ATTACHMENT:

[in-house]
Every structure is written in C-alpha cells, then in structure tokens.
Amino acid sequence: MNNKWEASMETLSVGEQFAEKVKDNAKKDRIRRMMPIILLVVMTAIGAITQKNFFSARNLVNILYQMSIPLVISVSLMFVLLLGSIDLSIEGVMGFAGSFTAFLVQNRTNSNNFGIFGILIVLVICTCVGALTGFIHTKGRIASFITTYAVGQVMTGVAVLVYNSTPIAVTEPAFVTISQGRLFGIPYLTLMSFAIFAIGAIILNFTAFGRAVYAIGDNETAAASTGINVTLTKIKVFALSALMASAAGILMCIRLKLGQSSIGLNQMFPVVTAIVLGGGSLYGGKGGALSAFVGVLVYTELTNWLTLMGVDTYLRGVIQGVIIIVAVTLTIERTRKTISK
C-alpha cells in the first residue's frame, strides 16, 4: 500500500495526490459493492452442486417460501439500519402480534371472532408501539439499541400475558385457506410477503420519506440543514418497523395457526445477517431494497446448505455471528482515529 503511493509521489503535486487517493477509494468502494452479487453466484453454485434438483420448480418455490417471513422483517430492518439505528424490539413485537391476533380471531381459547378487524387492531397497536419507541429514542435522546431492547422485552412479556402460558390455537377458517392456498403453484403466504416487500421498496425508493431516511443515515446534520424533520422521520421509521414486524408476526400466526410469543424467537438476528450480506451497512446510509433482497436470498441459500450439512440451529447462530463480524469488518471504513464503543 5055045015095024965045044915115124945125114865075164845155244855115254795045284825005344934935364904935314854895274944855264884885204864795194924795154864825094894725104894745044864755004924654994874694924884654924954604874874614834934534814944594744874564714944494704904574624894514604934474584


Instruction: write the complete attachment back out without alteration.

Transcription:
[in-house]
Every structure is written in C-alpha cells, then in structure tokens.
Amino acid sequence: MNNKWEASMETLSVGEQFAEKVKDNAKKDRIRRMMPIILLVVMTAIGAITQKNFFSARNLVNILYQMSIPLVISVSLMFVLLLGSIDLSIEGVMGFAGSFTAFLVQNRTNSNNFGIFGILIVLVICTCVGALTGFIHTKGRIASFITTYAVGQVMTGVAVLVYNSTPIAVTEPAFVTISQGRLFGIPYLTLMSFAIFAIGAIILNFTAFGRAVYAIGDNETAAASTGINVTLTKIKVFALSALMASAAGILMCIRLKLGQSSIGLNQMFPVVTAIVLGGGSLYGGKGGALSAFVGVLVYTELTNWLTLMGVDTYLRGVIQGVIIIVAVTLTIERTRKTISK
C-alpha cells in the first residue's frame, strides 16, 4: 500500500495526490459493492452442486417460501439500519402480534371472532408501539439499541400475558385457506410477503420519506440543514418497523395457526445477517431494497446448505455471528482515529 503511493509521489503535486487517493477509494468502494452479487453466484453454485434438483420448480418455490417471513422483517430492518439505528424490539413485537391476533380471531381459547378487524387492531397497536419507541429514542435522546431492547422485552412479556402460558390455537377458517392456498403453484403466504416487500421498496425508493431516511443515515446534520424533520422521520421509521414486524408476526400466526410469543424467537438476528450480506451497512446510509433482497436470498441459500450439512440451529447462530463480524469488518471504513464503543 5055045015095024965045044915115124945125114865075164845155244855115254795045284825005344934935364904935314854895274944855264884885204864795194924795154864825094894725104894745044864755004924654994874694924884654924954604874874614834934534814944594744874564714944494704904574624894514604934474584